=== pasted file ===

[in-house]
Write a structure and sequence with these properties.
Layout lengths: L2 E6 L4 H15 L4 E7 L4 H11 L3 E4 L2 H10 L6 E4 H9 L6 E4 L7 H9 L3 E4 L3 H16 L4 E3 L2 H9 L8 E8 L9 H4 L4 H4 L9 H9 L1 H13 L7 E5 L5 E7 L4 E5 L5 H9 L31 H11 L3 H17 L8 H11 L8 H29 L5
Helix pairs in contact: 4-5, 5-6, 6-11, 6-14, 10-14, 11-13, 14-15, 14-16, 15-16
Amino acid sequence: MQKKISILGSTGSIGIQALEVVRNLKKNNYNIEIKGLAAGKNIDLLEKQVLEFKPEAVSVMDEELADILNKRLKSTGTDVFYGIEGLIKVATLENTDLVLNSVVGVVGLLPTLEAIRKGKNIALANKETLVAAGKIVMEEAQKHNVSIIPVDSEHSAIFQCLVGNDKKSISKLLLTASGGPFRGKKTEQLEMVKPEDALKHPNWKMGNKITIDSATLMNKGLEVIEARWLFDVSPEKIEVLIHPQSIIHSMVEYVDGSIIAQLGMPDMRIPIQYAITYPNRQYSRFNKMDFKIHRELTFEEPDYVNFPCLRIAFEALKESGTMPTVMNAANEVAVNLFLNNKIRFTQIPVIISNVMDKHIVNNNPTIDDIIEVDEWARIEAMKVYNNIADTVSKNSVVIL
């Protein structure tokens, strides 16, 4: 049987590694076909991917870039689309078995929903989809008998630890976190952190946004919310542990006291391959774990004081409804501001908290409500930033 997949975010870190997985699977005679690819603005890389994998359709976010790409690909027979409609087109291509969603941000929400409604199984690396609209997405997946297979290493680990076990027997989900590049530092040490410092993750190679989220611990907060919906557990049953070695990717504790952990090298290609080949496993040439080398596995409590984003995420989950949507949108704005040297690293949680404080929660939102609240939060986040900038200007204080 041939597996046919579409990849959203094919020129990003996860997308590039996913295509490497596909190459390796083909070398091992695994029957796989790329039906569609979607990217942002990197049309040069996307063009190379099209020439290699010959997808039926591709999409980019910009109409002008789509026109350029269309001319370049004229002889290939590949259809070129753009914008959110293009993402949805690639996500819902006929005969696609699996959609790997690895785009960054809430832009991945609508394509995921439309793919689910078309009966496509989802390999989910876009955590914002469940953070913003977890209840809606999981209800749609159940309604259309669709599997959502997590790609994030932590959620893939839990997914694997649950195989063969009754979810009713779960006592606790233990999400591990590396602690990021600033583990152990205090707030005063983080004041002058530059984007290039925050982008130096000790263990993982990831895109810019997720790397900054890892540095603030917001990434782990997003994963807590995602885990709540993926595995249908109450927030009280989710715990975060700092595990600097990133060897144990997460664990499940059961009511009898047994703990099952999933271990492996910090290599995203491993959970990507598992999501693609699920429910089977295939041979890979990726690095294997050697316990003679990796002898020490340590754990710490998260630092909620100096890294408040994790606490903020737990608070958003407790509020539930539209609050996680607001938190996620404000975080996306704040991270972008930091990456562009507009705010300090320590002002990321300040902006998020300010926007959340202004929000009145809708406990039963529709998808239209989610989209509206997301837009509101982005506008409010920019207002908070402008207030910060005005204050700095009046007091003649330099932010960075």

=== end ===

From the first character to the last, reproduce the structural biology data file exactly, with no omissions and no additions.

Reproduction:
[in-house]
Write a structure and sequence with these properties.
Layout lengths: L2 E6 L4 H15 L4 E7 L4 H11 L3 E4 L2 H10 L6 E4 H9 L6 E4 L7 H9 L3 E4 L3 H16 L4 E3 L2 H9 L8 E8 L9 H4 L4 H4 L9 H9 L1 H13 L7 E5 L5 E7 L4 E5 L5 H9 L31 H11 L3 H17 L8 H11 L8 H29 L5
Helix pairs in contact: 4-5, 5-6, 6-11, 6-14, 10-14, 11-13, 14-15, 14-16, 15-16
Amino acid sequence: MQKKISILGSTGSIGIQALEVVRNLKKNNYNIEIKGLAAGKNIDLLEKQVLEFKPEAVSVMDEELADILNKRLKSTGTDVFYGIEGLIKVATLENTDLVLNSVVGVVGLLPTLEAIRKGKNIALANKETLVAAGKIVMEEAQKHNVSIIPVDSEHSAIFQCLVGNDKKSISKLLLTASGGPFRGKKTEQLEMVKPEDALKHPNWKMGNKITIDSATLMNKGLEVIEARWLFDVSPEKIEVLIHPQSIIHSMVEYVDGSIIAQLGMPDMRIPIQYAITYPNRQYSRFNKMDFKIHRELTFEEPDYVNFPCLRIAFEALKESGTMPTVMNAANEVAVNLFLNNKIRFTQIPVIISNVMDKHIVNNNPTIDDIIEVDEWARIEAMKVYNNIADTVSKNSVVIL
């Protein structure tokens, strides 16, 4: 049987590694076909991917870039689309078995929903989809008998630890976190952190946004919310542990006291391959774990004081409804501001908290409500930033 997949975010870190997985699977005679690819603005890389994998359709976010790409690909027979409609087109291509969603941000929400409604199984690396609209997405997946297979290493680990076990027997989900590049530092040490410092993750190679989220611990907060919906557990049953070695990717504790952990090298290609080949496993040439080398596995409590984003995420989950949507949108704005040297690293949680404080929660939102609240939060986040900038200007204080 041939597996046919579409990849959203094919020129990003996860997308590039996913295509490497596909190459390796083909070398091992695994029957796989790329039906569609979607990217942002990197049309040069996307063009190379099209020439290699010959997808039926591709999409980019910009109409002008789509026109350029269309001319370049004229002889290939590949259809070129753009914008959110293009993402949805690639996500819902006929005969696609699996959609790997690895785009960054809430832009991945609508394509995921439309793919689910078309009966496509989802390999989910876009955590914002469940953070913003977890209840809606999981209800749609159940309604259309669709599997959502997590790609994030932590959620893939839990997914694997649950195989063969009754979810009713779960006592606790233990999400591990590396602690990021600033583990152990205090707030005063983080004041002058530059984007290039925050982008130096000790263990993982990831895109810019997720790397900054890892540095603030917001990434782990997003994963807590995602885990709540993926595995249908109450927030009280989710715990975060700092595990600097990133060897144990997460664990499940059961009511009898047994703990099952999933271990492996910090290599995203491993959970990507598992999501693609699920429910089977295939041979890979990726690095294997050697316990003679990796002898020490340590754990710490998260630092909620100096890294408040994790606490903020737990608070958003407790509020539930539209609050996680607001938190996620404000975080996306704040991270972008930091990456562009507009705010300090320590002002990321300040902006998020300010926007959340202004929000009145809708406990039963529709998808239209989610989209509206997301837009509101982005506008409010920019207002908070402008207030910060005005204050700095009046007091003649330099932010960075």